Recruiting for a program that expects to make the NCAA Tournament every year, GW head coach Joe McKeown is often competing for athletes who also have the option of going to larger schools with bigger athletic reputations. But McKeown uses GW’s size to his advantage.
“The main thing we try to emphasize is (that) this is a family,” he said. “This is a small school. We don’t have football and this is one of the few schools where women’s basketball is funded and treated with great respect, and we don’t have to play second fiddle to anyone.”
This sales pitch was part of the reason last year’s Atlantic 10 Player of the Year Cathy Joens came to GW from Irvine, Calif. The fifth-year senior also made final visits to Arizona State University, Nebraska University and the University of Iowa, but she liked McKeown’s message the most.
“He was just so genuine about the school and the family,” she said. “The others tried to sell things like football and other things besides basketball, but he said, ‘This is a smaller school and all we have is basketball and you’ll be treated first-class’.”
McKeown said he also targeted Joens with another of the school’s advantages – academics. At the time, he was also recruiting Lindsey Davidson, another California native and a member of the same Amateur Athletic Union league as Joens. Upon finding out Joens was an excellent student, he knew what approach to take with the high school star.
“We really focused on academics with her, what GW could do for her. And she really loved basketball, and we could give her both,” he said. “In recruiting her, we tried to make her understand that very few schools can do what we can do for her (academically and athletically).”
Finding students who are academically successful is a main priority for McKeown and his coaching staff, who must sort through hundreds of letters, phone calls and conversations with other coaches before deciding which players to actively recruit. While other schools may only care about winning, McKeown said his staff must look at a number of factors.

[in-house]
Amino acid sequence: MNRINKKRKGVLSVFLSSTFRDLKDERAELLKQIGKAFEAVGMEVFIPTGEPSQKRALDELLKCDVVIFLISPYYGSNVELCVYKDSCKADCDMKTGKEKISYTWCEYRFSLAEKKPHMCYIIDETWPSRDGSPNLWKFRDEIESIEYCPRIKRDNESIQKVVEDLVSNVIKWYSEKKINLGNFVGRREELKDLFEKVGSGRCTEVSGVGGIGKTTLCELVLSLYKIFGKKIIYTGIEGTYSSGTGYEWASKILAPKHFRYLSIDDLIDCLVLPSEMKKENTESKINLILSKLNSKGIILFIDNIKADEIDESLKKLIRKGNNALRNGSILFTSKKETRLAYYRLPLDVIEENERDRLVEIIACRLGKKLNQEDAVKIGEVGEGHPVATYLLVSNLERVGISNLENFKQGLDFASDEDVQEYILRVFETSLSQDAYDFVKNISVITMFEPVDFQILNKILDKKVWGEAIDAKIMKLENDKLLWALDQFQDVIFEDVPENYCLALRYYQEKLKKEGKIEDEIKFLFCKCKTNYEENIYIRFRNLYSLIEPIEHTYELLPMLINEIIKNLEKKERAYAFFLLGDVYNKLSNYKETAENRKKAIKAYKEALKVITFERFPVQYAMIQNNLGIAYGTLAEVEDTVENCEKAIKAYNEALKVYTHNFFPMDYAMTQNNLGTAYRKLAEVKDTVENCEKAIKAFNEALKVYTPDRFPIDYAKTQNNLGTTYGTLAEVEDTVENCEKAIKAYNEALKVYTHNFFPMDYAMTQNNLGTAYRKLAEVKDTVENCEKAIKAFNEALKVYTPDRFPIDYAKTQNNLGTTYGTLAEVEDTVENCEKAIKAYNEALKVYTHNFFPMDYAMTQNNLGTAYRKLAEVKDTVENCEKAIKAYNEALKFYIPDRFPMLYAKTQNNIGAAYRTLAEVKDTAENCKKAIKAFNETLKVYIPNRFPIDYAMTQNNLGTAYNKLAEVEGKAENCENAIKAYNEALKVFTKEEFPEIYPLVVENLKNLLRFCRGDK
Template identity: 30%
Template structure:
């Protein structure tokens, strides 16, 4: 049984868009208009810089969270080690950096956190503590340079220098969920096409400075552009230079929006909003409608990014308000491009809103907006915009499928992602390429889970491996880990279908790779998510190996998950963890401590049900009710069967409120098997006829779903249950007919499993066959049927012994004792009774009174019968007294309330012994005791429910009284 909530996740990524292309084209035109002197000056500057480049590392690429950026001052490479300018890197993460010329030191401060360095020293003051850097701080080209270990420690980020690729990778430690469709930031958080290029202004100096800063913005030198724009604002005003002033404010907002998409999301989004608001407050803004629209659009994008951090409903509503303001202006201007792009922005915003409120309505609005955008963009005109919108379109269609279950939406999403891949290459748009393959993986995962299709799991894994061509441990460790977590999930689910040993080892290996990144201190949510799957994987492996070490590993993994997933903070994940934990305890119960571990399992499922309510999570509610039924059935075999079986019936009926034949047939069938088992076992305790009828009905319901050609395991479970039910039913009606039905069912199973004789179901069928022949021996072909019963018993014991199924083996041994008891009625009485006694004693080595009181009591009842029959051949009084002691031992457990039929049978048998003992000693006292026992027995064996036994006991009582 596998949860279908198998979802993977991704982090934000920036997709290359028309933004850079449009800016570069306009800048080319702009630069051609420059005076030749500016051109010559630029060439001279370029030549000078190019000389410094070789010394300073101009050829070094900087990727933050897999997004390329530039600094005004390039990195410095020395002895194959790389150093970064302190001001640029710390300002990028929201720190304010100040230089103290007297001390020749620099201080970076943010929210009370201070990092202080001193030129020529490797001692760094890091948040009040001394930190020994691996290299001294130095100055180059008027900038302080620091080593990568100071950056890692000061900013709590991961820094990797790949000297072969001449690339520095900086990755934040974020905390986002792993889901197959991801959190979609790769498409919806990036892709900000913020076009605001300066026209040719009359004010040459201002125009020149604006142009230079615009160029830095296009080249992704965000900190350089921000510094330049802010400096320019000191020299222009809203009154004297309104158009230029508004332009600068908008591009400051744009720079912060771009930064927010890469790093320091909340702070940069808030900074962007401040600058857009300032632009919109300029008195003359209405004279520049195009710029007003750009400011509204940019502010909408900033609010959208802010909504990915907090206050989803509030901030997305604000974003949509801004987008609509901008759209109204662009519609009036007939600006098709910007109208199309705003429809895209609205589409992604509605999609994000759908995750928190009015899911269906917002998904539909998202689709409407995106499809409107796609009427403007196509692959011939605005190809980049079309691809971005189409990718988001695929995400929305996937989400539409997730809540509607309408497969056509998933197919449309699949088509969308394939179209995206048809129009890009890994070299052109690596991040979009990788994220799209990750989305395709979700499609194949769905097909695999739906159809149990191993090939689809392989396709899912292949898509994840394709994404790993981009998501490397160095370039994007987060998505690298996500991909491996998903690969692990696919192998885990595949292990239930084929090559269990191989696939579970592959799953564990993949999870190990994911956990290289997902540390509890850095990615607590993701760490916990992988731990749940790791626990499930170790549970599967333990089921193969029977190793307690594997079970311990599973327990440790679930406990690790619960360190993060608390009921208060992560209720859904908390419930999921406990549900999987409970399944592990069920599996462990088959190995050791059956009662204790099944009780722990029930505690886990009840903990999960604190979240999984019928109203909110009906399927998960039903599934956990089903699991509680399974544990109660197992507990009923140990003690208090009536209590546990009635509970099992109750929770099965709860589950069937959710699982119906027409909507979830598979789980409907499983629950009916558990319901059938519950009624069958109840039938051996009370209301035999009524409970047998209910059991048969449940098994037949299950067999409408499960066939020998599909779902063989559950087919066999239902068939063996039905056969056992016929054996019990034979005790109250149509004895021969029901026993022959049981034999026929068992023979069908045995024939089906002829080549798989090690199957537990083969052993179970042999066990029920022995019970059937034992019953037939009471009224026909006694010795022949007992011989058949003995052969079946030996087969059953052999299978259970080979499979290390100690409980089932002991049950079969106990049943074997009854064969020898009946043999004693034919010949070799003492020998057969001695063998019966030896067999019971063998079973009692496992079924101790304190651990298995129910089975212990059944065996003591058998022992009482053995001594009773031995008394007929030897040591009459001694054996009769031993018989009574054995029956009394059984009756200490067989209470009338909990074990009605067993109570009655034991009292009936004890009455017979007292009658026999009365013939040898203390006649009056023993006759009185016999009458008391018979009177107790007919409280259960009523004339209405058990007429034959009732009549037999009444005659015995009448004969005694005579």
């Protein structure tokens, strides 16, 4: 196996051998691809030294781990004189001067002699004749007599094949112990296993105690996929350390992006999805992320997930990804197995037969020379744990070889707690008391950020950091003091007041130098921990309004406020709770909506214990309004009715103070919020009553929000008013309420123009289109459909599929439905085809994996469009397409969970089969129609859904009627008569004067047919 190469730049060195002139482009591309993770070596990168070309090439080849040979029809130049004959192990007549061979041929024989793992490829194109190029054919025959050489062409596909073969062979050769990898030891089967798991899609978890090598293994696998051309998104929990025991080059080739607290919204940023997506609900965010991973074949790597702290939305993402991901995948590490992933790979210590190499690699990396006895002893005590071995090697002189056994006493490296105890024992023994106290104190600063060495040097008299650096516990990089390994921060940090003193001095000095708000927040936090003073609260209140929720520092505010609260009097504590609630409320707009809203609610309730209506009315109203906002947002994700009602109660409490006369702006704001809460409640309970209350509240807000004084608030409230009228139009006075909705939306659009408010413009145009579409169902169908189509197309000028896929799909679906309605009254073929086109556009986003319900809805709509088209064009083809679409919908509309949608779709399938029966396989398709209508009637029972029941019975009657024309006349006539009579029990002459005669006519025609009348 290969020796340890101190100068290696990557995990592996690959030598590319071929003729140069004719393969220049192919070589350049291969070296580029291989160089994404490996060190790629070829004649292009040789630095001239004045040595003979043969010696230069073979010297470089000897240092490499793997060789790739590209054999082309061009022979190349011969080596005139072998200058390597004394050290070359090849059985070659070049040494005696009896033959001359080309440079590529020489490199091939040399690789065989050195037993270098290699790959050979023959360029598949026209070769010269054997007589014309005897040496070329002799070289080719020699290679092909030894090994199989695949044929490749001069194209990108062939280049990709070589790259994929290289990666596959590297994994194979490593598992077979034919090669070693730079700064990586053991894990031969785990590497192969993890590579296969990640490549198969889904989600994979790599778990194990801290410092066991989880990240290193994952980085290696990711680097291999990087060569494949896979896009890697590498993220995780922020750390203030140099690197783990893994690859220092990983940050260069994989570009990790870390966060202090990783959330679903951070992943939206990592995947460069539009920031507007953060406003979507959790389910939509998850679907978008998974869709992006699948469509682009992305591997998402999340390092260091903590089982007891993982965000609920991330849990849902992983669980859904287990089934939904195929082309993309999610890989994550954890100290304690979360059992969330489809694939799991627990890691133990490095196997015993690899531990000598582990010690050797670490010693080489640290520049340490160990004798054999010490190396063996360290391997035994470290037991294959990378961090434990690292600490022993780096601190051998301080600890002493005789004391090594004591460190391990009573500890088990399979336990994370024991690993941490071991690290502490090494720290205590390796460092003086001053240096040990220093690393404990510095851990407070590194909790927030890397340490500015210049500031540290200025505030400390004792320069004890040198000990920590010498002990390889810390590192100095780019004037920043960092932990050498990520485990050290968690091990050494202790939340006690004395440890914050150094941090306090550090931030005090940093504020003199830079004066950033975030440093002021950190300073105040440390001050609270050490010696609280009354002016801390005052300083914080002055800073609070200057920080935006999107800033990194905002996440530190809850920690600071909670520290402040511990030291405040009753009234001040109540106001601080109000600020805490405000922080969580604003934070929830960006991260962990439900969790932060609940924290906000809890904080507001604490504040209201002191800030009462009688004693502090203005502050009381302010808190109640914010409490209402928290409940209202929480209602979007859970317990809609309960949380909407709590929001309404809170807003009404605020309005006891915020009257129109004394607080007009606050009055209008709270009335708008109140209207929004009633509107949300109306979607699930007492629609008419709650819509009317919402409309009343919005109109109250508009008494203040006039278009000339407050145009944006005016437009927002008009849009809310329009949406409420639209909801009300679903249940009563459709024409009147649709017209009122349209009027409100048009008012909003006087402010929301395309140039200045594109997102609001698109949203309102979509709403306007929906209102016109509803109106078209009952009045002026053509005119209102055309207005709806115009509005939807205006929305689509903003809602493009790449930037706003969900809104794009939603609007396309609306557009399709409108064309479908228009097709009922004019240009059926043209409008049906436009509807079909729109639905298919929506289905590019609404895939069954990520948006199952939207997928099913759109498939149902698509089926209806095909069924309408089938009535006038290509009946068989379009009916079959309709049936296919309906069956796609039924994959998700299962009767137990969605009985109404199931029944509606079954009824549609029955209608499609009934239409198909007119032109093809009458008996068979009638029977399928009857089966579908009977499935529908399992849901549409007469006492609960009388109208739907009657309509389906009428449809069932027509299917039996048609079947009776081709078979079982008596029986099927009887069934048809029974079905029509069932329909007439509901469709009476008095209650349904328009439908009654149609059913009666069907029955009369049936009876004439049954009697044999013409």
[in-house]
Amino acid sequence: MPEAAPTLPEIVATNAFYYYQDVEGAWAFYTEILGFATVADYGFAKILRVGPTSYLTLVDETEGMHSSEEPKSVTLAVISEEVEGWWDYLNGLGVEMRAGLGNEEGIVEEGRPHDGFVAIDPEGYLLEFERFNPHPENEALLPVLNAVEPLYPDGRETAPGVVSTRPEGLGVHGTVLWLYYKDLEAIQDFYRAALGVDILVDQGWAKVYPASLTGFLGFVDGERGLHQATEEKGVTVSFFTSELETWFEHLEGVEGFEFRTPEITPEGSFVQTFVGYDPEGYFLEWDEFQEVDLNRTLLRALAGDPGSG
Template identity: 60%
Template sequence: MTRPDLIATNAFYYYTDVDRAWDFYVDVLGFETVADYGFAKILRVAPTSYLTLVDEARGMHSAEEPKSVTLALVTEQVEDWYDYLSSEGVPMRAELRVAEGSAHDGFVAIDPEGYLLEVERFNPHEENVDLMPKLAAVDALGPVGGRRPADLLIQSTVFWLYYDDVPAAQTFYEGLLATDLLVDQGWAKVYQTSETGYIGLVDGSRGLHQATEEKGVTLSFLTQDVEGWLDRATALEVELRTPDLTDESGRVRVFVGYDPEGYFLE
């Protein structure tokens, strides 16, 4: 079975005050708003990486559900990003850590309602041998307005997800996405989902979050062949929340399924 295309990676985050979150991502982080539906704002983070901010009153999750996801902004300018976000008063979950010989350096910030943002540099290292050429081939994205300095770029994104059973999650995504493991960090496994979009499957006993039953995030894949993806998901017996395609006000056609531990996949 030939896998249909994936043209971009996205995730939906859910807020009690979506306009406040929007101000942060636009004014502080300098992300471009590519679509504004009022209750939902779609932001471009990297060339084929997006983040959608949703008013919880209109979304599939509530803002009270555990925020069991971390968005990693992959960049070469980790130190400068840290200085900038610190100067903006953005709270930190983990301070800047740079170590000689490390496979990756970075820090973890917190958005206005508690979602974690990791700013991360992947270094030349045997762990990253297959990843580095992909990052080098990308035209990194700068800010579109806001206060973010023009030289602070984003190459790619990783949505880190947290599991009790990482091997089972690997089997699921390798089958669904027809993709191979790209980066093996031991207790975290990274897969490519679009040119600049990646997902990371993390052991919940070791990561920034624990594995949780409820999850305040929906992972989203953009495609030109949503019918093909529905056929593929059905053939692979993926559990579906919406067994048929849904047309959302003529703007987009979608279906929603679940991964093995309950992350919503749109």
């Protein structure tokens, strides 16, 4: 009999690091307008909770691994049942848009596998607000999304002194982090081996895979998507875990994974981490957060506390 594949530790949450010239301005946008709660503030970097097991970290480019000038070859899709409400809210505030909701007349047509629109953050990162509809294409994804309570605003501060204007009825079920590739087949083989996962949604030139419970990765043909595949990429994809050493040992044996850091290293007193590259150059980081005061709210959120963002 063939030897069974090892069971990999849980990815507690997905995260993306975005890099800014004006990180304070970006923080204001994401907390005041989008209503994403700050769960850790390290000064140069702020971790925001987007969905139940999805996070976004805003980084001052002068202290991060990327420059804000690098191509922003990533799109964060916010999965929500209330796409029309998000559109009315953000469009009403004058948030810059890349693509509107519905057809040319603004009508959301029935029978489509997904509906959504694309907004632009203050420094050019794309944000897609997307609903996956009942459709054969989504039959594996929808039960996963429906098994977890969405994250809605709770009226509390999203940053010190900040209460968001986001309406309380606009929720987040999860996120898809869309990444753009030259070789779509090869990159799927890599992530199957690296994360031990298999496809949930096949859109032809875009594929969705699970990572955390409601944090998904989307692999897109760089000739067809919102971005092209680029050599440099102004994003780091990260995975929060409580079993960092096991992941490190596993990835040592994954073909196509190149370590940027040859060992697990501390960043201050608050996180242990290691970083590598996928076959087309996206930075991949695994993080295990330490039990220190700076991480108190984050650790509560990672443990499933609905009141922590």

“The one thing we first look for are people we think can fit into GW because we realize it’s not for everybody,” he said. “We stress academics. We recruit people who are going to look for a city-type environment and people who want to come to Washington, D.C., for more than just basketball.
“But we also understand that to compete on a national level, you’ve got to have a passion for basketball. Nobody cares what your SAT scores are when you’re on the court, or what your grade point average is, so you have to be able to translate the academic side and the passion for basketball. You have to have that type of competitiveness.”
He found that in current freshman Amanda LoCascio, who is yet another Christ the King High School alumnus to put on a Colonials jersey. With LoCascio, McKeown emphasized the tradition he has built at GW and the number of Christ the King players who have contributed along the way.
“He told me (Christ the King and GW) have a history,” LoCascio said. “His exact words were ‘We recruit winners, and Christ the King is a winning program and we want you to come help make us a winning program.’ And I took that compliment very well, to be compared to other people in our program. For him to say that I could make a difference on this team made my decision a lot easier.”
If all else fails, McKeown said sometimes he simply tells a player to come to GW and gives her no other choice. This was the case when recruiting current senior Marsheik Witherspoon out of Opa-Locka, Fla.
“She was going in eight different directions,” he said. “And we just told her, ‘This is the place you’re coming. Forget about everything else, you’re coming here. You need to let me know by tomorrow or else you don’t have a scholarship.’ And she came.”
While McKeown said he doesn’t recruit negatively against other schools, he has wished bad luck upon them before. When recruiting Ugo Oha, one of his top competitors was Notre Dame. McKeown knew Oha was visiting South Bend one weekend and figured the Fighting Irish would bring her to a football game.
“I was watching them play USC, and I knew she didn’t like football and it was starting to rain and I was hoping it would keep raining,” he said. “So I’m 47 years old, watching the weather channel and hoping for rain in Indiana. This business makes you do some weird things.”
Whatever McKeown does, it works more often than not. He often calls recruiting “the lifeblood of the program,” and the program has gone from mediocre to a perennial 20-game winner since he arrived in 1989. After 14 seasons, his ability to recruit talent is as strong as ever. Blue Star Basketball, which publishes a women’s recruiting newsletter, ranked this year’s freshman class 18th in the nation.
Despite his recruiting success, McKeown said players don’t come to GW just because they want to play for him. They come for everything GW has to offer.
“Coaches sometimes think the kid came because of them,” he said. “I don’t have that kind of ego. Some players come if they want to play for a certain coach, but most of the time they want to be part of something special.”